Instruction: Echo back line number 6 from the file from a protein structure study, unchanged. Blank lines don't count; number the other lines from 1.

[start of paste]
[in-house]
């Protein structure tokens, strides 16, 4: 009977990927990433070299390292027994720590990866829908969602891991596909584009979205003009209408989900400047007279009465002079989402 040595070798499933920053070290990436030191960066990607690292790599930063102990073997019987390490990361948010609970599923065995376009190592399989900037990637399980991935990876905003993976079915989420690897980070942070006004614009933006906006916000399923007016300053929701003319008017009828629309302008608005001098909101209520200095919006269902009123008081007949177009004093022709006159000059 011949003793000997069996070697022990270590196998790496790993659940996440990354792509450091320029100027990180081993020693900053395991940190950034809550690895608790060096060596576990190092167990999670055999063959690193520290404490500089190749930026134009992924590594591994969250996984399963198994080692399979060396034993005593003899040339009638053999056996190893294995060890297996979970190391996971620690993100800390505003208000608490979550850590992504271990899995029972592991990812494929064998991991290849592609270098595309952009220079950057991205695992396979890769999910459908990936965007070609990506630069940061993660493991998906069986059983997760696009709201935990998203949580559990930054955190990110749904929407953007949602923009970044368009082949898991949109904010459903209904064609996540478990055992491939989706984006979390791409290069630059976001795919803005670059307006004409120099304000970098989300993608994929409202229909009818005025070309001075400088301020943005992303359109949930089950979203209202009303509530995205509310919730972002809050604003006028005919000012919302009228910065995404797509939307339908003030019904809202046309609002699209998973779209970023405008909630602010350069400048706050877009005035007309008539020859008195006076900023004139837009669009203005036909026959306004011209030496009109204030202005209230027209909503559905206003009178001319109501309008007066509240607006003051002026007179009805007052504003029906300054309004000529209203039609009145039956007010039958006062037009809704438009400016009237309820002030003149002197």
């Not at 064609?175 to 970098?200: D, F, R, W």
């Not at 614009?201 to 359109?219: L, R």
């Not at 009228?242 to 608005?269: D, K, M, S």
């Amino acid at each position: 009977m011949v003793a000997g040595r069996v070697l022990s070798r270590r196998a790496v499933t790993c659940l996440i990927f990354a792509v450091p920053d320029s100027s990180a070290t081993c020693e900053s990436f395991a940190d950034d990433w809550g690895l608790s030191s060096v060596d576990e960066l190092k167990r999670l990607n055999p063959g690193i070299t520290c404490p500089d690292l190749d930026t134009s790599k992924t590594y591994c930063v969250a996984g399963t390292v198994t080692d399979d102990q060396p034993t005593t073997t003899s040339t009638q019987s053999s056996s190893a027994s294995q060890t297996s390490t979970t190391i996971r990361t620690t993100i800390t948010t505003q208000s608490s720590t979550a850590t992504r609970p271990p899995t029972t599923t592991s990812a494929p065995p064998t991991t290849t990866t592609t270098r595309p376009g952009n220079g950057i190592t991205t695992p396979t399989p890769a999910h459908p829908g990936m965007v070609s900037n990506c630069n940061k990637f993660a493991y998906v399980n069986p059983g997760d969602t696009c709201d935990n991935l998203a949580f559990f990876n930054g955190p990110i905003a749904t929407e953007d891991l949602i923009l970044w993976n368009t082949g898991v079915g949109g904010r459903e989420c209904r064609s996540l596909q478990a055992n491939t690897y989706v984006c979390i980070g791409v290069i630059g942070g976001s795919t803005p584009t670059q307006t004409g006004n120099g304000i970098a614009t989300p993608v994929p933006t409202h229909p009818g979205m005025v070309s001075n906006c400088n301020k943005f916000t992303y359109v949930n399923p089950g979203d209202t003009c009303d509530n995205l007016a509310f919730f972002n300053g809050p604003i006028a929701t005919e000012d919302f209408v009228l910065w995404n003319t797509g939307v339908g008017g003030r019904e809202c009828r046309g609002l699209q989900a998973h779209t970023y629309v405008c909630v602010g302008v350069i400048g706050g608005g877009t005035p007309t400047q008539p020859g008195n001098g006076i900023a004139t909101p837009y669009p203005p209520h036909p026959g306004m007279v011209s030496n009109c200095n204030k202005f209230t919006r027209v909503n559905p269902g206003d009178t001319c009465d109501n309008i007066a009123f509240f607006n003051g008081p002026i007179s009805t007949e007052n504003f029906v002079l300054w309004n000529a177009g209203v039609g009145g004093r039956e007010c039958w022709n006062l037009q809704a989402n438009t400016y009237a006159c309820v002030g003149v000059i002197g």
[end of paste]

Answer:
């Amino acid at each position: 009977m011949v003793a000997g040595r069996v070697l022990s070798r270590r196998a790496v499933t790993c659940l996440i990927f990354a792509v450091p920053d320029s100027s990180a070290t081993c020693e900053s990436f395991a940190d950034d990433w809550g690895l608790s030191s060096v060596d576990e960066l190092k167990r999670l990607n055999p063959g690193i070299t520290c404490p500089d690292l190749d930026t134009s790599k992924t590594y591994c930063v969250a996984g399963t390292v198994t080692d399979d102990q060396p034993t005593t073997t003899s040339t009638q019987s053999s056996s190893a027994s294995q060890t297996s390490t979970t190391i996971r990361t620690t993100i800390t948010t505003q208000s608490s720590t979550a850590t992504r609970p271990p899995t029972t599923t592991s990812a494929p065995p064998t991991t290849t990866t592609t270098r595309p376009g952009n220079g950057i190592t991205t695992p396979t399989p890769a999910h459908p829908g990936m965007v070609s900037n990506c630069n940061k990637f993660a493991y998906v399980n069986p059983g997760d969602t696009c709201d935990n991935l998203a949580f559990f990876n930054g955190p990110i905003a749904t929407e953007d891991l949602i923009l970044w993976n368009t082949g898991v079915g949109g904010r459903e989420c209904r064609s996540l596909q478990a055992n491939t690897y989706v984006c979390i980070g791409v290069i630059g942070g976001s795919t803005p584009t670059q307006t004409g006004n120099g304000i970098a614009t989300p993608v994929p933006t409202h229909p009818g979205m005025v070309s001075n906006c400088n301020k943005f916000t992303y359109v949930n399923p089950g979203d209202t003009c009303d509530n995205l007016a509310f919730f972002n300053g809050p604003i006028a929701t005919e000012d919302f209408v009228l910065w995404n003319t797509g939307v339908g008017g003030r019904e809202c009828r046309g609002l699209q989900a998973h779209t970023y629309v405008c909630v602010g302008v350069i400048g706050g608005g877009t005035p007309t400047q008539p020859g008195n001098g006076i900023a004139t909101p837009y669009p203005p209520h036909p026959g306004m007279v011209s030496n009109c200095n204030k202005f209230t919006r027209v909503n559905p269902g206003d009178t001319c009465d109501n309008i007066a009123f509240f607006n003051g008081p002026i007179s009805t007949e007052n504003f029906v002079l300054w309004n000529a177009g209203v039609g009145g004093r039956e007010c039958w022709n006062l037009q809704a989402n438009t400016y009237a006159c309820v002030g003149v000059i002197g």